Louisiana in the summertime is a hot, humid place. Sit still and you sweat. Move and you sweat. Work outside for an hour or two and you understand the phrase, "Hotter than H-E-double hockey stick."
Just ask the employees of Ford, Bacon & Davis LLC of Baton Rouge, who are suited up in hard hats, chemical goggles, fire-retardant clothing, gloves and steel-toed shoes or boots whenever they head out to the chemical processing facilities of the region's oil producers. (Note: Ford, Bacon & Davis LLC was named one of America's Safest Companies in 2004 by OCCUPATIONAL HAZARDS.)
"We are serious about heat stress education," says Keith Sliman, safety director for the company's 450 employees in three southern states. "Starting in June, I send out e-mails, put up posters and talk to employees about heat stress and working outside in heat and humidity."
Employees are given copies of heat index charts that map humidity and temperature. Sliman checks weather reports at the beginning of each week starting in June and notes the predicted heat indexes. If they are high, he notifies employees to be careful while working outside or tells them not to work outside at all. "They're told to plan their day with the heat index in mind. If it's too hot, then they need to plan to work inside," he says.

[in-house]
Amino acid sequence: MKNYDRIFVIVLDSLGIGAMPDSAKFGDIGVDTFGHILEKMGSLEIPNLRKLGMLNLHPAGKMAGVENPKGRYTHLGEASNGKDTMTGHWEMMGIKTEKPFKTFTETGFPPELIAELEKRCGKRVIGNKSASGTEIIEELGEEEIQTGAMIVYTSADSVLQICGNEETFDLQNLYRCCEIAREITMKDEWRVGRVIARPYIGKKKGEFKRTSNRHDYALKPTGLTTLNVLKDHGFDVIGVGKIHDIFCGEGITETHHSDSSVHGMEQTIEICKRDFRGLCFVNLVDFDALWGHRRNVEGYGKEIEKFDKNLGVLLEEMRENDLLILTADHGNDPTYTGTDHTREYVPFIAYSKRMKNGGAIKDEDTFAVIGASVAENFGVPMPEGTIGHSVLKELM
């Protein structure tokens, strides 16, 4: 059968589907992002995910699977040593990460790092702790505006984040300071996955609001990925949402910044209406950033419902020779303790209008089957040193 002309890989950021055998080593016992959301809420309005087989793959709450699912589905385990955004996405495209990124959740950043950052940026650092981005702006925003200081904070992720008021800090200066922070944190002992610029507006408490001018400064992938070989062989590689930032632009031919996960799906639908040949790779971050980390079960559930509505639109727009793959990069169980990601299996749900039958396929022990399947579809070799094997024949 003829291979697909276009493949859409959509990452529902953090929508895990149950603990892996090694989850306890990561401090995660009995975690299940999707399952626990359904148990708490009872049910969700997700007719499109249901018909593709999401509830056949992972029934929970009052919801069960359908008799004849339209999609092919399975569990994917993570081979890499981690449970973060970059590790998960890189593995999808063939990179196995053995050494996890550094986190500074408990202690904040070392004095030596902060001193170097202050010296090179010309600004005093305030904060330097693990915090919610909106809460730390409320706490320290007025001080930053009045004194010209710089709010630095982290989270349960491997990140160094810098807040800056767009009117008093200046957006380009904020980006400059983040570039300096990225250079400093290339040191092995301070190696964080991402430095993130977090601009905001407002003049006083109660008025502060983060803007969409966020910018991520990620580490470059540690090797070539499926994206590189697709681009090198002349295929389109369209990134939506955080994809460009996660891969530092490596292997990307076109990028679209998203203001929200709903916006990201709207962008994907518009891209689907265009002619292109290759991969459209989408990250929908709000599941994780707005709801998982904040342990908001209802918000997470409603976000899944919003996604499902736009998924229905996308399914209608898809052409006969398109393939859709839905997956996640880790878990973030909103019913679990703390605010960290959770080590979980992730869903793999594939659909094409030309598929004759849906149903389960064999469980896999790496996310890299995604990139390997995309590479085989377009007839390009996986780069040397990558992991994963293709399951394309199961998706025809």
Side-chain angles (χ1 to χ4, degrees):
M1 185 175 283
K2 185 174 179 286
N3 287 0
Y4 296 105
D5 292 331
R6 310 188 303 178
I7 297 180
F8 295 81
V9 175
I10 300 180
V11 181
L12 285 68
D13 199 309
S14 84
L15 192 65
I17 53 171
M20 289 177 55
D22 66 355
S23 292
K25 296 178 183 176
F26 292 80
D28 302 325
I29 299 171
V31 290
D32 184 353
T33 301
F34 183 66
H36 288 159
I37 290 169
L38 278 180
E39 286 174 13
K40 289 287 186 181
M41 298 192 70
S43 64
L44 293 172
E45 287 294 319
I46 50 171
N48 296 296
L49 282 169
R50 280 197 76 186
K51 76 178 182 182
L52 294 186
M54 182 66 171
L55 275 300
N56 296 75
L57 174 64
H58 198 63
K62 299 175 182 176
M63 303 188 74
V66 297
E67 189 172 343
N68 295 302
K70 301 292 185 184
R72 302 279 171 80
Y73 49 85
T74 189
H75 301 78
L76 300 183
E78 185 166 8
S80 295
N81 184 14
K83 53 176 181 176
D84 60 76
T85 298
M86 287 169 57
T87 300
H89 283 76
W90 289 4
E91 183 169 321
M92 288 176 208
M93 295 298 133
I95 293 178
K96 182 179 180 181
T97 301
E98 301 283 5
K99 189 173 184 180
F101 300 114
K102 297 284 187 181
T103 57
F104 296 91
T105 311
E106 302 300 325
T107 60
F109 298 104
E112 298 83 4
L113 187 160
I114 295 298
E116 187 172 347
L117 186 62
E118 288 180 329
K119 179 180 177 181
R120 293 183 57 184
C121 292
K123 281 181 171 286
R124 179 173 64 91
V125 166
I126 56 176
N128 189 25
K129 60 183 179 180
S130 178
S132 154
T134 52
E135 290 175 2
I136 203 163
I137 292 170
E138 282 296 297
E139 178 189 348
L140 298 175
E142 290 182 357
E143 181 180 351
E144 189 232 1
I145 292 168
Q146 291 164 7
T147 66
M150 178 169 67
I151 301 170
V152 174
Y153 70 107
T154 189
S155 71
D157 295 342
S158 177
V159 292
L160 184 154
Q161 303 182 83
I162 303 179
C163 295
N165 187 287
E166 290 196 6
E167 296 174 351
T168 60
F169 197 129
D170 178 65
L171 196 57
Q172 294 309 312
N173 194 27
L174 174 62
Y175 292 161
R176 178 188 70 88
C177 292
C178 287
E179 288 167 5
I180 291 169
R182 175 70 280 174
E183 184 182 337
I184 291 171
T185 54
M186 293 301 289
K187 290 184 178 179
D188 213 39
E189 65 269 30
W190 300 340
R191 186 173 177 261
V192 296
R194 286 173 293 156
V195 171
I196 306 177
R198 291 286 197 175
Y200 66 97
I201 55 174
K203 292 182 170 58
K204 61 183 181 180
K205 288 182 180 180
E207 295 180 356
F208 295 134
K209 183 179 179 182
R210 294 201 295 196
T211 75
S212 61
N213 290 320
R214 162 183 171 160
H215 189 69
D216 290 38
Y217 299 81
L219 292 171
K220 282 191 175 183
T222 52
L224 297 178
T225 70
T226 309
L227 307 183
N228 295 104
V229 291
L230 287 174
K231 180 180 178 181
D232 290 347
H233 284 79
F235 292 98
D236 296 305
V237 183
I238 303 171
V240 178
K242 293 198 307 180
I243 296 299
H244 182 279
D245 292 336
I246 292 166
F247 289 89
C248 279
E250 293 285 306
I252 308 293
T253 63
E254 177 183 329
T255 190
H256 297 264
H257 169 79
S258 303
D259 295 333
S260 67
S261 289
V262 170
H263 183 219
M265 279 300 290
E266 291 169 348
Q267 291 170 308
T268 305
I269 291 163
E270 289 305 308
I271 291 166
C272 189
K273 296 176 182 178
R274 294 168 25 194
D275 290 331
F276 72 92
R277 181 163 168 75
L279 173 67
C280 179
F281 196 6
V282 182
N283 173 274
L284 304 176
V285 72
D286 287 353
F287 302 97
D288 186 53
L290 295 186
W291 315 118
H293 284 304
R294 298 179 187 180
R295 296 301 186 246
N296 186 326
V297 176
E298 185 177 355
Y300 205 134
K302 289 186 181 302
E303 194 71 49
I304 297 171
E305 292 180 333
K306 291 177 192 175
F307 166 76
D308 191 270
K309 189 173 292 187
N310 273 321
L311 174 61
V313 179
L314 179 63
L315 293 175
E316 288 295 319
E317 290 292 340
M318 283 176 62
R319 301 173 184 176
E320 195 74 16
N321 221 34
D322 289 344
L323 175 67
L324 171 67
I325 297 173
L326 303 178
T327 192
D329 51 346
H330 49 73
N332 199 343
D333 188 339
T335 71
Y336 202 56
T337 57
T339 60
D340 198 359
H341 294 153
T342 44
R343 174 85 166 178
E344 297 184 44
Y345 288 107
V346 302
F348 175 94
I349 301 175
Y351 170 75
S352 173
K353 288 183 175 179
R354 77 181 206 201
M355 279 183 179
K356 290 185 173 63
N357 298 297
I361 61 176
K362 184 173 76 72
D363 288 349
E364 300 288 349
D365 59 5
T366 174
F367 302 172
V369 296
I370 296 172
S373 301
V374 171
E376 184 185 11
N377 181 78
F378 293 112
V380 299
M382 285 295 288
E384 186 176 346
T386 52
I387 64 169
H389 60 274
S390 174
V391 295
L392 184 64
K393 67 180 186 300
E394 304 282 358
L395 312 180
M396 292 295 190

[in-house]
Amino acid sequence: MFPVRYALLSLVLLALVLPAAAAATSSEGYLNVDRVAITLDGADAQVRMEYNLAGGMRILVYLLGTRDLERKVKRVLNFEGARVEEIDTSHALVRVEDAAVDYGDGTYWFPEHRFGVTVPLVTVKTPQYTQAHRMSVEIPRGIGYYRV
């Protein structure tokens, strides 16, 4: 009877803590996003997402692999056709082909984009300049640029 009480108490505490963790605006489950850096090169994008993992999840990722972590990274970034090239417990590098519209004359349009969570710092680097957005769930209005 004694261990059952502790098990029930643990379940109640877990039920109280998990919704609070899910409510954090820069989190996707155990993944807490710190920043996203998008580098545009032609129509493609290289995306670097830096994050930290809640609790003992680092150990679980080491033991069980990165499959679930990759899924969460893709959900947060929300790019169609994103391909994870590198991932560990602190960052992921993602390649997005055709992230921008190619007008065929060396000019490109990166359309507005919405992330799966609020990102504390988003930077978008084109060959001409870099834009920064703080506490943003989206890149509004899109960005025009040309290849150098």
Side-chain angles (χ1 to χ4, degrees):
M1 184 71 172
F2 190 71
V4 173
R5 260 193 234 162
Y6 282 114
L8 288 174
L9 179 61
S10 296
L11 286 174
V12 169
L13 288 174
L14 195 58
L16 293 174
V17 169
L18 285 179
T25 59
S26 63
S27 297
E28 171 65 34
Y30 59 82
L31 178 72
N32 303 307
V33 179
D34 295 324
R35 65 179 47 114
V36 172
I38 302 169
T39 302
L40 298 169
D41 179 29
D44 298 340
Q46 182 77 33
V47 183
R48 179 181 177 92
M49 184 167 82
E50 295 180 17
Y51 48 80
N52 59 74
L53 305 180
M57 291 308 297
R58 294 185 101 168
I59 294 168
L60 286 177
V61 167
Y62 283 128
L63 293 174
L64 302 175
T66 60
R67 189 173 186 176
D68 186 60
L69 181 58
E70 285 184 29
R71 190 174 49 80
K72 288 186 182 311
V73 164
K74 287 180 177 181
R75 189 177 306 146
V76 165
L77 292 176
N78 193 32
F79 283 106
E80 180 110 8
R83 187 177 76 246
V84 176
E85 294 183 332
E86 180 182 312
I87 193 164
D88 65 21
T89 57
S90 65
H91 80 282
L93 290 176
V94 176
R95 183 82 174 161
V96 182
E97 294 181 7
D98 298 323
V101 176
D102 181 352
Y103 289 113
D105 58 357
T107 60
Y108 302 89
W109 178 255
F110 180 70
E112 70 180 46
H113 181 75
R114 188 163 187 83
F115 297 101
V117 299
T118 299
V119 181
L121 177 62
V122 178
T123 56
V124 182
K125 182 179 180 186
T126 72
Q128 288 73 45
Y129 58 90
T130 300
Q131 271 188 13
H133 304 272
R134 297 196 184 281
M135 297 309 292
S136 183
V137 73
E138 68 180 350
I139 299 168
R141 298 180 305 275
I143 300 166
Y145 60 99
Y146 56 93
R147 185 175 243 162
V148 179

Part of his educational presentations about heat stress and working during the summer months includes precautions against rolling up sleeves and unzipping coveralls until the employees are in "safe" locations. When they are out in the pipe racks of a chemical processing facility, they'd better be covered up.